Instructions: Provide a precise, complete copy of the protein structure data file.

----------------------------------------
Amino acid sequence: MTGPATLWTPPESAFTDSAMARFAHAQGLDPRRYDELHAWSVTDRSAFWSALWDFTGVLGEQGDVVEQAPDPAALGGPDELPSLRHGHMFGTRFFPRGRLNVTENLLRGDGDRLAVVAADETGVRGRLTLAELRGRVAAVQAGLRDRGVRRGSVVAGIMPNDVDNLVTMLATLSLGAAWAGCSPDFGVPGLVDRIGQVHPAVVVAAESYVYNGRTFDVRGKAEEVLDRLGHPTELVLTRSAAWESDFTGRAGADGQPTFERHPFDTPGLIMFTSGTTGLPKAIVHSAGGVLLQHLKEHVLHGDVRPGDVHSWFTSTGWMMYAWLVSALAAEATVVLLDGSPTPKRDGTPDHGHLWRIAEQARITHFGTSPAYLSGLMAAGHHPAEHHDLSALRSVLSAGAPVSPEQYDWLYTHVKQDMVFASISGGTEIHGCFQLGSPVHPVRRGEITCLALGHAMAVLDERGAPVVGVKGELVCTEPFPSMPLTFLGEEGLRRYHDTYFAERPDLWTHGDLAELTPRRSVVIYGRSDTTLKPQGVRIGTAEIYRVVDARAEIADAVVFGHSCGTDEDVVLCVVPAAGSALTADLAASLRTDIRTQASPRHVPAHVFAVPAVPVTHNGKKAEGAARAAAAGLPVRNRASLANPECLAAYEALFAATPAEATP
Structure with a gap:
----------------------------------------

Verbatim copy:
Amino acid sequence: MTGPATLWTPPESAFTDSAMARFAHAQGLDPRRYDELHAWSVTDRSAFWSALWDFTGVLGEQGDVVEQAPDPAALGGPDELPSLRHGHMFGTRFFPRGRLNVTENLLRGDGDRLAVVAADETGVRGRLTLAELRGRVAAVQAGLRDRGVRRGSVVAGIMPNDVDNLVTMLATLSLGAAWAGCSPDFGVPGLVDRIGQVHPAVVVAAESYVYNGRTFDVRGKAEEVLDRLGHPTELVLTRSAAWESDFTGRAGADGQPTFERHPFDTPGLIMFTSGTTGLPKAIVHSAGGVLLQHLKEHVLHGDVRPGDVHSWFTSTGWMMYAWLVSALAAEATVVLLDGSPTPKRDGTPDHGHLWRIAEQARITHFGTSPAYLSGLMAAGHHPAEHHDLSALRSVLSAGAPVSPEQYDWLYTHVKQDMVFASISGGTEIHGCFQLGSPVHPVRRGEITCLALGHAMAVLDERGAPVVGVKGELVCTEPFPSMPLTFLGEEGLRRYHDTYFAERPDLWTHGDLAELTPRRSVVIYGRSDTTLKPQGVRIGTAEIYRVVDARAEIADAVVFGHSCGTDEDVVLCVVPAAGSALTADLAASLRTDIRTQASPRHVPAHVFAVPAVPVTHNGKKAEGAARAAAAGLPVRNRASLANPECLAAYEALFAATPAEATP
Structure with a gap: